Plastic Surgery in Rio




all year gorgeous go/went/gone
obvious pretty (2) temperature
involve outweigh spend/spend/spent (2)
peek shape (2) go under the knife
thigh liposuction choose/chose/chosen
breast it turns out come/came/come
nose check up get a peek (2)
boobs manage (2) know/knew/known
save up afraid to figuratively
heal pharmacy augmentation
stay (3) so far (2) go/went/gone
belly illusion think/thought/thought (2)
waist satisfied do my nose
extra outdoors see/saw/seen
swell admit (2) symmetrical
fear anorexic good/better/the best
risk support dental floss
exist work out operation (2)
mirror improve do/did/done
goal (2) right (5) find/found/found
size essential wear/wore/worn
try on try/tried keep them up
literally for sure know better
excited figure (3) leave/left/left (2)
strap fall down knife/knives
benefit look like at any moment
wonder strapless check out (2)
funny judge (2) come this far
saggy constantly lose/lost/lost






It’s basically bikini season all year.

Between the gorgeous beaches and the tropical temperatures, people spend a lot of time outdoors, with not very much on, especially here at Brazil’s most famous beach: Copacabana.

It’s pretty obvious why people call this place “Sea and be Seen.”

Exercise and diet aren’t the only way people here shape their bodies — more cosmetic surgeries are done in Brazil than anywhere in the world.

In 2013, almost one-and-a-half million people went under the knife, to get the looks they want.

I’ve come to Rio de Janeiro to get a peek into the world of plastic surgery.

Actually it turns out that people here are pretty open about it.

Female three: “Men always choose women with bigger breasts, or have a smoking-hot body.”
Female five: “I’d like to do my nose — don’t come so close! And maybe some big boobs.”

Female six: “Maybe you are afraid to do it — and then your friends do it; and they look good, and so you do it.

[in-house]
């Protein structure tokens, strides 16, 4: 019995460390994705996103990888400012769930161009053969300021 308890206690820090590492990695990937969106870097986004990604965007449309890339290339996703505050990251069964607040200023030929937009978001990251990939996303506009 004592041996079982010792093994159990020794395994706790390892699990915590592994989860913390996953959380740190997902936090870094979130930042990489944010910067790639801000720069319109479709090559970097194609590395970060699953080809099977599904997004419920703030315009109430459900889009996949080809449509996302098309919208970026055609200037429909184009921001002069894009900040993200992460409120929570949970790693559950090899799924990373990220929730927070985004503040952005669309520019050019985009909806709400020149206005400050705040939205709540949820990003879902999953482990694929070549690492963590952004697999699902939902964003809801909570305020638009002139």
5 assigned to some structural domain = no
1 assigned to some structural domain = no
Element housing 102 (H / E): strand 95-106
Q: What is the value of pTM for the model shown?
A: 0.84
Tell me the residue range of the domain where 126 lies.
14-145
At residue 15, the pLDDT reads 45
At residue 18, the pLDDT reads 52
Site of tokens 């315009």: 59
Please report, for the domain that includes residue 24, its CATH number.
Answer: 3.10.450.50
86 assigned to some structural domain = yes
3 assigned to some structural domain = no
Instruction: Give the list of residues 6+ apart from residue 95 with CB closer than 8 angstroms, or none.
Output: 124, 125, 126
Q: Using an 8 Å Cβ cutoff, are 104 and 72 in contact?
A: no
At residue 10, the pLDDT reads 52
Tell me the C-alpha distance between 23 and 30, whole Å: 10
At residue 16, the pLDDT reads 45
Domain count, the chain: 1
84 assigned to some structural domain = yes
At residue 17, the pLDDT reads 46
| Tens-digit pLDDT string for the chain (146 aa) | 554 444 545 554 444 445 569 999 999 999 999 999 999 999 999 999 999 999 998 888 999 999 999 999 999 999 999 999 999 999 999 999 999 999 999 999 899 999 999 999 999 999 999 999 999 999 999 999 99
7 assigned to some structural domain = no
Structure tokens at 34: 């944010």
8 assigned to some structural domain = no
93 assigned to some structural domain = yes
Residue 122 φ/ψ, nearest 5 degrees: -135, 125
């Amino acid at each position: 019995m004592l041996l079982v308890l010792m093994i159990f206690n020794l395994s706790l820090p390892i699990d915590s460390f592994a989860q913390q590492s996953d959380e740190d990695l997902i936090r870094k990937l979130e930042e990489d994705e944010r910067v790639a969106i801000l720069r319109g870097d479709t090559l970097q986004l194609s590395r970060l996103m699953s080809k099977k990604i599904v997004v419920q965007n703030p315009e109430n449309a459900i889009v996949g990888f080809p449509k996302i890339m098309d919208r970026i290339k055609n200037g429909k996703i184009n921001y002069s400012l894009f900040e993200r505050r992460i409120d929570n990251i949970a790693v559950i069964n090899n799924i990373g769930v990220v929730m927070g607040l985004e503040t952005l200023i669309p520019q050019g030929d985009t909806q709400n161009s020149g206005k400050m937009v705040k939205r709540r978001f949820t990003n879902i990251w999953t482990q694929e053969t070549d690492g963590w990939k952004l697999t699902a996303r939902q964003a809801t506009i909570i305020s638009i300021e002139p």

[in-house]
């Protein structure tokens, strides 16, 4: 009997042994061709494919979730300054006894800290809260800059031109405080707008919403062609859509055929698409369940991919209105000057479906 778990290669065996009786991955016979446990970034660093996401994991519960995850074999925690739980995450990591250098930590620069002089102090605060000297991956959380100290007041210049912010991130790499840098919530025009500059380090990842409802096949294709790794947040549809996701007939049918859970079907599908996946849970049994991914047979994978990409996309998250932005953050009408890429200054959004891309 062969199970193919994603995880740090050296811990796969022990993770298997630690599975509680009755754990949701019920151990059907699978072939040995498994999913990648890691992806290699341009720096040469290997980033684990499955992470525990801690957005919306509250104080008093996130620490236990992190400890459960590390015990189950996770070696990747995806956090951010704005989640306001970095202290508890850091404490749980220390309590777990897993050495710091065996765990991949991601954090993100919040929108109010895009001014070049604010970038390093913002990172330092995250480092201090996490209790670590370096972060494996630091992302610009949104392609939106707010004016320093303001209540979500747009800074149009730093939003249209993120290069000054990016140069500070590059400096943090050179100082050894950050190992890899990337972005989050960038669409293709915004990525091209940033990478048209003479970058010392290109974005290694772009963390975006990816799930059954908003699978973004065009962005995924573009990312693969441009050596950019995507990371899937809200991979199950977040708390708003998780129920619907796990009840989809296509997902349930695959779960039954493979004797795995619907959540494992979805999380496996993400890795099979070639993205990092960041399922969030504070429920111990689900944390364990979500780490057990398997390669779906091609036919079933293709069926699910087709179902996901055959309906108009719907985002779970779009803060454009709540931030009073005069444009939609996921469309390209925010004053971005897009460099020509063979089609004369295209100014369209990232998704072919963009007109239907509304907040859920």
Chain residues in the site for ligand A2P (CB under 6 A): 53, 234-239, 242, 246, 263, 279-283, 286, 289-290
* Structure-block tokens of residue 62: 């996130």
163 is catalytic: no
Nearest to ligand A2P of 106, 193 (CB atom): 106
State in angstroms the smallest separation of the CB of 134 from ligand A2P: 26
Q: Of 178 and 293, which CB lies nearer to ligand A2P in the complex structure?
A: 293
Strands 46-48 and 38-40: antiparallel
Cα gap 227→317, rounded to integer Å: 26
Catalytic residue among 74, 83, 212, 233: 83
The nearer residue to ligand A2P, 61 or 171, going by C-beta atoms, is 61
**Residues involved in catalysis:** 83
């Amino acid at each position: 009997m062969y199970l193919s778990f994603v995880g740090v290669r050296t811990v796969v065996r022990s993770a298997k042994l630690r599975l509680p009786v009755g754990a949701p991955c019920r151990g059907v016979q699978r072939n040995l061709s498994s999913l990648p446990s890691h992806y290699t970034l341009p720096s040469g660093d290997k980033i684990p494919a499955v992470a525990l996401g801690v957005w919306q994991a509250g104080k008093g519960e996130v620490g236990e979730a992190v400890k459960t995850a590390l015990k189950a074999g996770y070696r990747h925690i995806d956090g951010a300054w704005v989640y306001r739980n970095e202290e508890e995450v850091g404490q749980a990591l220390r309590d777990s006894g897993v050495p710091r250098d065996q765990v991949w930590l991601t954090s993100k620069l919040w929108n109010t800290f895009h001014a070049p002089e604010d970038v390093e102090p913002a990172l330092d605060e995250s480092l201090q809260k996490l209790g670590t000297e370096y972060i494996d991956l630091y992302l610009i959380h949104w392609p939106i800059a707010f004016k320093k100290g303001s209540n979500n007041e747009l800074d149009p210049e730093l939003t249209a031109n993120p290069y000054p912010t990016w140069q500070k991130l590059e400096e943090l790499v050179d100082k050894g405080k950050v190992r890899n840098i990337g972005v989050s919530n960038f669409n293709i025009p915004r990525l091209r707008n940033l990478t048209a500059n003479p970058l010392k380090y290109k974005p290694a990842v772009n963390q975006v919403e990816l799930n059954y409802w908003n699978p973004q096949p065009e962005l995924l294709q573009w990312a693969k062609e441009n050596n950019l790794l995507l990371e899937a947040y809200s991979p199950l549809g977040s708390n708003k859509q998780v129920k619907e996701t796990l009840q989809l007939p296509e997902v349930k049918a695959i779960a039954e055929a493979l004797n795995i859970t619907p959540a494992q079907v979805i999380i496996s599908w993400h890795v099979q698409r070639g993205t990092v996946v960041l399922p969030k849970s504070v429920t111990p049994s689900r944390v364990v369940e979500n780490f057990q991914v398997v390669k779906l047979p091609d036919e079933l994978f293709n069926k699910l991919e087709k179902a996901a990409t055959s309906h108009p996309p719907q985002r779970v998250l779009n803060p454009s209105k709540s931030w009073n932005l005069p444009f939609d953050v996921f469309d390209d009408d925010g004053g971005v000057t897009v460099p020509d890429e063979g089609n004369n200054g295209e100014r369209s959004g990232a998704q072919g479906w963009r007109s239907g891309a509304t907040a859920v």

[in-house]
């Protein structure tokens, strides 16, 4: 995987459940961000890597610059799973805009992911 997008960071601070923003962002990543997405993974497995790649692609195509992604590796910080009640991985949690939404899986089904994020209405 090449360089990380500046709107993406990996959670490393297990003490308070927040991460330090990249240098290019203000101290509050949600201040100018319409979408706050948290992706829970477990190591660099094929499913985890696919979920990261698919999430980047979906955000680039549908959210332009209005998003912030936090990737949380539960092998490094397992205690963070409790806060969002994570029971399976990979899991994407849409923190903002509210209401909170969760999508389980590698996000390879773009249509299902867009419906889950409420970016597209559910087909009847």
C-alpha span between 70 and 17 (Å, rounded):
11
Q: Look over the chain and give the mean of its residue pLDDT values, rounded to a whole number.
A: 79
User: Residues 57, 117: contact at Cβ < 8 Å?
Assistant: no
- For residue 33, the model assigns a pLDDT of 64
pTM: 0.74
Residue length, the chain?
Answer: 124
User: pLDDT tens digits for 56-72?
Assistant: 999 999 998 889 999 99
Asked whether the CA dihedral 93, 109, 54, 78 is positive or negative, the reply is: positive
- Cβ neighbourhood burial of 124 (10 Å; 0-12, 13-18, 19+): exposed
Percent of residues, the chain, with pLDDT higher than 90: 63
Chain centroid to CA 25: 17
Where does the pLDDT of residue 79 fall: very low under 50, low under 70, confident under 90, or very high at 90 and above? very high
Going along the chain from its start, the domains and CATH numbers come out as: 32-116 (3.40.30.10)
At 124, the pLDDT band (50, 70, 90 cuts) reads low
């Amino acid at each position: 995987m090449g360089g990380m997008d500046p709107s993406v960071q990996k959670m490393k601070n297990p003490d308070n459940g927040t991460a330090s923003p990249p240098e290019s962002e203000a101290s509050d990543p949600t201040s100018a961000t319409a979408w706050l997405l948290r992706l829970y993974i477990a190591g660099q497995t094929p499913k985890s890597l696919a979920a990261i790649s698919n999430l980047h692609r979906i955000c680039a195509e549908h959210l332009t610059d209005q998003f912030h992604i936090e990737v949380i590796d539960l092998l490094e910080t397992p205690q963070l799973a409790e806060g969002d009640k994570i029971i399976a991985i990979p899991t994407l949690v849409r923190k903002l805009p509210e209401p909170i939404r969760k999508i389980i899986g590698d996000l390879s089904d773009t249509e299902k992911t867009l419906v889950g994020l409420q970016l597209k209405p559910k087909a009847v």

Of all the women I’ve talked to, only one said she would like to stay all natural.

By now I should probably know better . . . but I’m still surprised to see so many young women in the waiting room of a plastic surgeon’s office.

.     .     .     .     .     .     .     .

One of the is Isis, a 23 year old pharmacy student. She saved up for two years to get her surgeries: a breast augmentation here; a liposuction at another clinic.

Isis went to two different doctors because it was cheaper.

Today Dr. Josas is checking up on how she is healing.

Dr. Josas: “So Isis, tell me what you think of the results so far. Is everything symmetrical?”
Isis: “Waist, belly and back are all fine. But I’m not satisfied with my thighs; there’s still some extra fat.”
Dr. Josas: “You’ll have to wait a few more months. One month after the liposuction, there’s still some swelling.”

They talk about surgery as if it were a cup of coffee.

But what if something goes wrong?

Isis: “The benefits outweigh the fears. Every surgery comes with risks, especially when there’s anesthesia involved.

Dr. Josas: “It’s very common, here in Brazil, especially in Rio, that girls come with this illusion of perfection. They want big breasts. They want to be pretty, just like the girls on TV or the movies.

If she talks to me like, ‘Oh I want to have the biggest breasts, or I want to be perfect,’ I’m going to tell her, ‘Isis relax. Nobody reaches perfection — perfection doesn’t exist.’

. . . But if I can help make her look better, with surgery with low-risk — then I think it’s okay to do it.”

.     .     .     .     .     .     .     .

Isis isn’t anorexic; but she has set herself some high goals.

She doesn’t want to show me photos, but already before her liposuction, she managed to lose 30 kilos.

She works out every day, together with her husband, Wilcur. Today is her first day back at the gym since her operations.

Isis: “I always look in the mirror and want more. The more I work out, the more I want to improve my looks.

Wilcur: “I think she looks good the way she is. She did before, too. But in her head, there’s always something that’s not perfect enough, that she wants to improve.

And if that’s what she wants, I have to support her.”

.     .     .     .     .     .     .     .

Since her surgeries, Isis loves to go shopping with her cousin Layla. She says finding the right bikini used to be torture.